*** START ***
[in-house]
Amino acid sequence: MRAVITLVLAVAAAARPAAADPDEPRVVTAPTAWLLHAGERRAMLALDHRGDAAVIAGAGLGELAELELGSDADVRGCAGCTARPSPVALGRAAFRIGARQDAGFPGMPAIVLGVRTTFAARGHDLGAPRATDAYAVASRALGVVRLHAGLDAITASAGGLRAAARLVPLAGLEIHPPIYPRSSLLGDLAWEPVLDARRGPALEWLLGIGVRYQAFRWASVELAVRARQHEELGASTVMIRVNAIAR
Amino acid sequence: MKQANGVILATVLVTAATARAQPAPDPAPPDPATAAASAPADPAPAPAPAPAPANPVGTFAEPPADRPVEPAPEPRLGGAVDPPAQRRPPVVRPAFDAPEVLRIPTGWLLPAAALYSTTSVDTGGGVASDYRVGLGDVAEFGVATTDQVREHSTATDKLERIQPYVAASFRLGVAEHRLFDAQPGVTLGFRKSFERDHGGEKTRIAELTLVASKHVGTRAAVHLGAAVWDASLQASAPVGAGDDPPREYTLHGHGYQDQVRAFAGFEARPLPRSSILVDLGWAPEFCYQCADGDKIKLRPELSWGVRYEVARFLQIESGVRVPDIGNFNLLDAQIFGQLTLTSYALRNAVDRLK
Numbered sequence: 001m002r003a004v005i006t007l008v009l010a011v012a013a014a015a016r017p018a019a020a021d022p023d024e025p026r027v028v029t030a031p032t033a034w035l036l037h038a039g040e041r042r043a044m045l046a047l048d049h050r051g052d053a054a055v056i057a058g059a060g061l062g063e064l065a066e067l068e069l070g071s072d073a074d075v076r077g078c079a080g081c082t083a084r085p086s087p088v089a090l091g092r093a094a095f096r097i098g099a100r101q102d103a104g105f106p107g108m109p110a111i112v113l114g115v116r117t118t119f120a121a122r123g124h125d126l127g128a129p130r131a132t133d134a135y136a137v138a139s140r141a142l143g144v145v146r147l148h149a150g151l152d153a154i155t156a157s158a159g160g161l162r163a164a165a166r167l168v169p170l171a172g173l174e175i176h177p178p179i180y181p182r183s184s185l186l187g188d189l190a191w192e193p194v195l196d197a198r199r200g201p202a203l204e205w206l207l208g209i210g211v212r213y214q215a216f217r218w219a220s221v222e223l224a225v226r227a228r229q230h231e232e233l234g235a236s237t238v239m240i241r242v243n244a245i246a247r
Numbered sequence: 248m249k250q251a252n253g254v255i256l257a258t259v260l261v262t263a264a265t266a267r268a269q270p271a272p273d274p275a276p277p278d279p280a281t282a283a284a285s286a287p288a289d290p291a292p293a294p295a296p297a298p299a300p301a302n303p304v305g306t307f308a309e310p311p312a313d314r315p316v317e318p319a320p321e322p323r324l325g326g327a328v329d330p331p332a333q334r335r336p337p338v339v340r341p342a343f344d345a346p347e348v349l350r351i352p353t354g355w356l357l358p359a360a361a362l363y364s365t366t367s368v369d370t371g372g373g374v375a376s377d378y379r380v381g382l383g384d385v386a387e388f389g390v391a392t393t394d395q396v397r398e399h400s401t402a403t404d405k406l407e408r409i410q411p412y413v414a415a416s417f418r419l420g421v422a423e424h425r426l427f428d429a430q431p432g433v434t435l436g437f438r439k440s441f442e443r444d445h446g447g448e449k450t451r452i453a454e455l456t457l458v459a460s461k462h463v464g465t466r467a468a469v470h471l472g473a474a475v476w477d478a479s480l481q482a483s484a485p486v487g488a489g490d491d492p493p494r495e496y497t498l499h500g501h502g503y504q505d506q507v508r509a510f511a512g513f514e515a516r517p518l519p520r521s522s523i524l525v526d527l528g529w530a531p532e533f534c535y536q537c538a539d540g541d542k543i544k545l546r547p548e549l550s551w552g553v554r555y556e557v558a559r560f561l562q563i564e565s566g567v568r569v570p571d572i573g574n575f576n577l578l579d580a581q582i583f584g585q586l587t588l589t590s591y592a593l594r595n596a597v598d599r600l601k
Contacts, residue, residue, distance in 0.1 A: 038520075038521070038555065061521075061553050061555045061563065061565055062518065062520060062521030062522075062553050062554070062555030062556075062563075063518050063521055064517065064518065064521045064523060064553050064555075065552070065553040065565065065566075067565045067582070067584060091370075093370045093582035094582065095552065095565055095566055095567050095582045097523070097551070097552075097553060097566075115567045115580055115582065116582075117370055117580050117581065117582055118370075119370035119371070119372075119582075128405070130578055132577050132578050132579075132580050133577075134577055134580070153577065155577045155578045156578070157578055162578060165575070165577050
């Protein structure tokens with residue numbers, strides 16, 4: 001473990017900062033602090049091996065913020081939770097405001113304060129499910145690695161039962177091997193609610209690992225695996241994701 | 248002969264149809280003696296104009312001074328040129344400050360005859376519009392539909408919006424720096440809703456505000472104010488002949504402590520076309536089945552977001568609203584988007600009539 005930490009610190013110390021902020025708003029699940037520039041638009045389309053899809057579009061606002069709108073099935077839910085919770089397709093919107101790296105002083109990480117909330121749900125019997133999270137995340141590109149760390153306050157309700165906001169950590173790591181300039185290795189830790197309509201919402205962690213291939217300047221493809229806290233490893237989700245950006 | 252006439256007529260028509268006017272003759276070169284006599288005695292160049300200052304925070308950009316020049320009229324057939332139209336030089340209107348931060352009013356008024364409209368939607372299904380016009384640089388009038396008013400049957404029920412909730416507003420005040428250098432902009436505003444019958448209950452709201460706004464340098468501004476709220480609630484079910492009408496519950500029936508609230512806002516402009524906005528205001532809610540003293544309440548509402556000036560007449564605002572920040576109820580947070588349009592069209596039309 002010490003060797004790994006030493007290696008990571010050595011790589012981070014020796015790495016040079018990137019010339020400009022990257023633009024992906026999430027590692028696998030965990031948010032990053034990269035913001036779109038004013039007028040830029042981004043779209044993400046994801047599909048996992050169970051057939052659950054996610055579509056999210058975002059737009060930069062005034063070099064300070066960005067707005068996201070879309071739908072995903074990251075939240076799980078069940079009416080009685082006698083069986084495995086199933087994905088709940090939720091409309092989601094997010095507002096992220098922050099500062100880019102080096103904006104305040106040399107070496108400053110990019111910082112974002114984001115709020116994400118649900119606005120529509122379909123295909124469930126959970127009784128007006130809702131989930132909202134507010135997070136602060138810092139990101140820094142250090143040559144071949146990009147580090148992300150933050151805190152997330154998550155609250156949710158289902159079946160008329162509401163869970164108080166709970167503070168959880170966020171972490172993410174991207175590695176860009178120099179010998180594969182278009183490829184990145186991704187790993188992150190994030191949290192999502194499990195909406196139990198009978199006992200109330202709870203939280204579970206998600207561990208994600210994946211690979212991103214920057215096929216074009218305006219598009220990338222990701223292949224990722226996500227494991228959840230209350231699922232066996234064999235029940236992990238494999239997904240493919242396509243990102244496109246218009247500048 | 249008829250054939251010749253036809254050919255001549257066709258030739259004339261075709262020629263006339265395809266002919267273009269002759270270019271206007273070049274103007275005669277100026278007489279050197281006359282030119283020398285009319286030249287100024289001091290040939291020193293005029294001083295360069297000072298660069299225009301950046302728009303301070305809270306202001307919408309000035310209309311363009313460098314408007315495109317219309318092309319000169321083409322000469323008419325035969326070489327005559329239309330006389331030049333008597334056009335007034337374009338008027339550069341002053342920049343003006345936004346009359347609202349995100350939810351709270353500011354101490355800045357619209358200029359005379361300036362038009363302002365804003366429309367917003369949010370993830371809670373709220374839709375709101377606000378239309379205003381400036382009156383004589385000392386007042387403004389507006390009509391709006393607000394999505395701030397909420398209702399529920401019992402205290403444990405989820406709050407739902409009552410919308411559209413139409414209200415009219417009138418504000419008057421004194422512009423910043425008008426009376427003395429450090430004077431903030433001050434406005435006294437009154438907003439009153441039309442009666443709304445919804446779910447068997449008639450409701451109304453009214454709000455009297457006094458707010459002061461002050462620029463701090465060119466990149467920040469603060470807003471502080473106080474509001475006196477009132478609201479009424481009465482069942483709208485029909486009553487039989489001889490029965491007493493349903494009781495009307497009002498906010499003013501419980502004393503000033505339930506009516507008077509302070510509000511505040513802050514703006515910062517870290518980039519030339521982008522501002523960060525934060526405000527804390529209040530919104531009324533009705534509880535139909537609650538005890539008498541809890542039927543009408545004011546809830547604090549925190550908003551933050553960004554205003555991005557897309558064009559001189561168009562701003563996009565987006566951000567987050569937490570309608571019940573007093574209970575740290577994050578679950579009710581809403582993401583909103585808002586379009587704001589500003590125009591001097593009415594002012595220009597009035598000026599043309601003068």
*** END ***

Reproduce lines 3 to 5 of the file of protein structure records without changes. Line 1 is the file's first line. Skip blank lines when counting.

Amino acid sequence: MKQANGVILATVLVTAATARAQPAPDPAPPDPATAAASAPADPAPAPAPAPAPANPVGTFAEPPADRPVEPAPEPRLGGAVDPPAQRRPPVVRPAFDAPEVLRIPTGWLLPAAALYSTTSVDTGGGVASDYRVGLGDVAEFGVATTDQVREHSTATDKLERIQPYVAASFRLGVAEHRLFDAQPGVTLGFRKSFERDHGGEKTRIAELTLVASKHVGTRAAVHLGAAVWDASLQASAPVGAGDDPPREYTLHGHGYQDQVRAFAGFEARPLPRSSILVDLGWAPEFCYQCADGDKIKLRPELSWGVRYEVARFLQIESGVRVPDIGNFNLLDAQIFGQLTLTSYALRNAVDRLK
Numbered sequence: 001m002r003a004v005i006t007l008v009l010a011v012a013a014a015a016r017p018a019a020a021d022p023d024e025p026r027v028v029t030a031p032t033a034w035l036l037h038a039g040e041r042r043a044m045l046a047l048d049h050r051g052d053a054a055v056i057a058g059a060g061l062g063e064l065a066e067l068e069l070g071s072d073a074d075v076r077g078c079a080g081c082t083a084r085p086s087p088v089a090l091g092r093a094a095f096r097i098g099a100r101q102d103a104g105f106p107g108m109p110a111i112v113l114g115v116r117t118t119f120a121a122r123g124h125d126l127g128a129p130r131a132t133d134a135y136a137v138a139s140r141a142l143g144v145v146r147l148h149a150g151l152d153a154i155t156a157s158a159g160g161l162r163a164a165a166r167l168v169p170l171a172g173l174e175i176h177p178p179i180y181p182r183s184s185l186l187g188d189l190a191w192e193p194v195l196d197a198r199r200g201p202a203l204e205w206l207l208g209i210g211v212r213y214q215a216f217r218w219a220s221v222e223l224a225v226r227a228r229q230h231e232e233l234g235a236s237t238v239m240i241r242v243n244a245i246a247r
Numbered sequence: 248m249k250q251a252n253g254v255i256l257a258t259v260l261v262t263a264a265t266a267r268a269q270p271a272p273d274p275a276p277p278d279p280a281t282a283a284a285s286a287p288a289d290p291a292p293a294p295a296p297a298p299a300p301a302n303p304v305g306t307f308a309e310p311p312a313d314r315p316v317e318p319a320p321e322p323r324l325g326g327a328v329d330p331p332a333q334r335r336p337p338v339v340r341p342a343f344d345a346p347e348v349l350r351i352p353t354g355w356l357l358p359a360a361a362l363y364s365t366t367s368v369d370t371g372g373g374v375a376s377d378y379r380v381g382l383g384d385v386a387e388f389g390v391a392t393t394d395q396v397r398e399h400s401t402a403t404d405k406l407e408r409i410q411p412y413v414a415a416s417f418r419l420g421v422a423e424h425r426l427f428d429a430q431p432g433v434t435l436g437f438r439k440s441f442e443r444d445h446g447g448e449k450t451r452i453a454e455l456t457l458v459a460s461k462h463v464g465t466r467a468a469v470h471l472g473a474a475v476w477d478a479s480l481q482a483s484a485p486v487g488a489g490d491d492p493p494r495e496y497t498l499h500g501h502g503y504q505d506q507v508r509a510f511a512g513f514e515a516r517p518l519p520r521s522s523i524l525v526d527l528g529w530a531p532e533f534c535y536q537c538a539d540g541d542k543i544k545l546r547p548e549l550s551w552g553v554r555y556e557v558a559r560f561l562q563i564e565s566g567v568r569v570p571d572i573g574n575f576n577l578l579d580a581q582i583f584g585q586l587t588l589t590s591y592a593l594r595n596a597v598d599r600l601k